Jane Austen approved
Recently I had an opportunity to spend some time in Bath, England. The charming town, famous for its ancient Roman baths and for being a vacation destination for Jane Austen, among others, has some foods that they have claimed as their own since the 1700s. And while usually 18th-century foods of almost any kind hold little appeal for me, let alone British foods (feel free to look up Bath chaps before you judge me), I was utterly won over by one of their oldest baked goods, the Bath Bun.
I had arranged to spend a day with a local chef doing a cooking afternoon of traditional British recipes, and the first thing we made were Bath Buns. I had seen them in the local stores, but they didn’t appeal—basic round rolls topped with pearl sugar and currants didn't seem overly tempting. But our plan was to return to the original recipe, which is a butter-enriched dough, garnished with chunky morsels of crushed brown sugar cubes and caraway seeds. Stay with me.
The Bath Bun would not be the sexiest item in the bakery case. The opposite of fancy, only slightly sweet, no icing or crispy edges or fillips of cream or jam. And yet, warm from the oven, smeared with sweet cream butter, I can completely understand why the indomitable Miss Austen would have written letters about “disordering my stomach with Bath Buns,” because I could have eaten about six of them without hesitation.
Immediately upon my return, the latest season of The Great British Baking Show dropped on Netflix, and in my jetlagged fog, I indulgently binged the whole thing in two glorious days. As it always does, it made me want to make all sorts of British treats. Bakewell tarts and sticky toffee pudding and Victoria sponges all floated like cartoon birds around my head, but it was the Bath Buns that sent me to the kitchen on a snowy day. By teatime, there were warm buttery buns and some serious carb comfort. Bath Buns will never be the showiest of the English bakes, but I can promise you Mary Berry would call them "scrummy," and Prue would definitely think they were "worth the calories." Pretty sure Paul Hollywood would love them too, as long as the bake is good.
Since they are not overly sweet, they make a great little vehicle for sandwiches. Ham and turkey with fig jam would be great, or a good mature English cheddar, maybe with some Branston pickle if you have access or onion jam if you don’t. A high tea inspired brunch would be infinitely enriched by their presence.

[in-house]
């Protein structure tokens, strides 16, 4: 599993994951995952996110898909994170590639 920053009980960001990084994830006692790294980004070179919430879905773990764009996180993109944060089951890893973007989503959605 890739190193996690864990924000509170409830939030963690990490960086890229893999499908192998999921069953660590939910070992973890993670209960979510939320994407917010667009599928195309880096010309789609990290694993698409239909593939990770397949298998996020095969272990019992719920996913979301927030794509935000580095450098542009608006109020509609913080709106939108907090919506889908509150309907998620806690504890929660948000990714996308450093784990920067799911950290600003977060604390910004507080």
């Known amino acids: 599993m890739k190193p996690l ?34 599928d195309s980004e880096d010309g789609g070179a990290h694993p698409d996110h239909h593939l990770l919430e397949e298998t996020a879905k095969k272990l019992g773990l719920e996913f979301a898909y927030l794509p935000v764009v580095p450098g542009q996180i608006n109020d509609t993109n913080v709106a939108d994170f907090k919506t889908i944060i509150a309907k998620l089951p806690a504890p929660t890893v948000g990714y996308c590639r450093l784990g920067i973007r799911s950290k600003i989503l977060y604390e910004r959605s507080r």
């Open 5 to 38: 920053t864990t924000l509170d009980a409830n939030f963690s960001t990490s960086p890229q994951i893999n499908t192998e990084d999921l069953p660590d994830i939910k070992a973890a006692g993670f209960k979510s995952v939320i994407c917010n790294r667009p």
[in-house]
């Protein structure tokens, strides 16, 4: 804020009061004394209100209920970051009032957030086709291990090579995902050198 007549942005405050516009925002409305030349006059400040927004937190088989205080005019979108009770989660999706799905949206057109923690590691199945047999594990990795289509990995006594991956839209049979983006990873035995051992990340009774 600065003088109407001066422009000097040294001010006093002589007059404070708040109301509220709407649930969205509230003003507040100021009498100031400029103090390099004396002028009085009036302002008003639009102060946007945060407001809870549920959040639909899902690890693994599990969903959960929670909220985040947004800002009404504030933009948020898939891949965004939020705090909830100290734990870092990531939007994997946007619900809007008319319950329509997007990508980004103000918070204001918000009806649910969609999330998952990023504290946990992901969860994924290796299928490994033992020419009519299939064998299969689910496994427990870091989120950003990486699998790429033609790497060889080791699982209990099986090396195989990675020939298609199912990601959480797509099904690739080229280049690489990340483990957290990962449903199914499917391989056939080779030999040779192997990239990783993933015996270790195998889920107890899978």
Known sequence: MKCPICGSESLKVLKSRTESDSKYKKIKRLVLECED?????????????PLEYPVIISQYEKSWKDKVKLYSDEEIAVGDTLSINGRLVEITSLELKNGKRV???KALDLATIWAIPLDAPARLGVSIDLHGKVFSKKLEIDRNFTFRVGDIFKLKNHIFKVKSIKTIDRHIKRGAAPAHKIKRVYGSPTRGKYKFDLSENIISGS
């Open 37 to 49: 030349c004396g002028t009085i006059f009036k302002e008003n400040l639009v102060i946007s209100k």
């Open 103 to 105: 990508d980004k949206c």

If you are not a fan of caraway, you can swap out another spice that you do like, such as aniseed or fennel seed. If you don’t want to buy natural brown sugar cubes to crush, pearl sugar would work fine, or even a sprinkle of raw Demerara sugar. You can also take the modern route of adding dried currants, but I encourage you to try them once as originally intended. However you choose to make them, I recommend serving warm with butter, or split and toasted with butter and jam. Just maybe don’t disorder yourself with them.
Adapted from a recipe in The Experienced English Housekeeper by Mrs. Raffald, from 1769
For the buns
16 ounces all purpose flour
1 teaspoon salt
11 tablespoons butter, cool room temperature but not super soft, cut into ½" cubes
½ tablespoon dried yeast
2 tablespoons granulated sugar
1 tablespoon caraway seeds
1 cup whole milk
For the topping
2 tablespoons superfine sugar
1 tablespoon milk
4 natural brown sugar cubes, roughly crushed so that you have small pieces of sugar, mixed with 1 teaspoon of caraway seeds
In a large mixing bowl blend the flour and salt, and then cut in the butter as you would do for a biscuit or scone recipe, blending until the mix looks like coarse bread crumbs. Warm the milk in a small saucepan or in the microwave to about 110°F degrees. Should be warm to the touch, but not scalding hot. Set aside. Add the yeast, sugar and caraway seeds to the flour mixture, then stir in the warm milk to make a soft dough. If your dough feels stiff, add a little milk as needed.
Knead for about 10 minutes on a floured surface until smooth and pliable, then return to a lightly greased bowl and cover with a cloth. Set to rise in a warm place until doubled in size, which could take up to 3 hours as enriched doughs like these cause the yeast to work much slower. Check after an hour and then every 30 minutes after until you get the rise you want.
Punch down and cut the dough into 12 equal pieces. Roll each piece against your counter or a cutting board under a cupped fist until you get a smooth ball. Place rolls 2" apart on either a greased or parchment lined baking sheet, cover with a damp tea towel or plastic wrap and leave to rise again for up to an hour. They should just get slightly more pillowy.
Heat the milk for the glaze with the sugar until melted and set aside.
Preheat the oven to 375°F. Bake for 12-15 minutes until golden brown.
Glaze the hot buns as soon as they come out of the oven and immediately sprinkle with the sugar/caraway mixture. Then let cool on a rack for 10 minutes before serving warm with butter. Store in an airtight container for up to 3 days.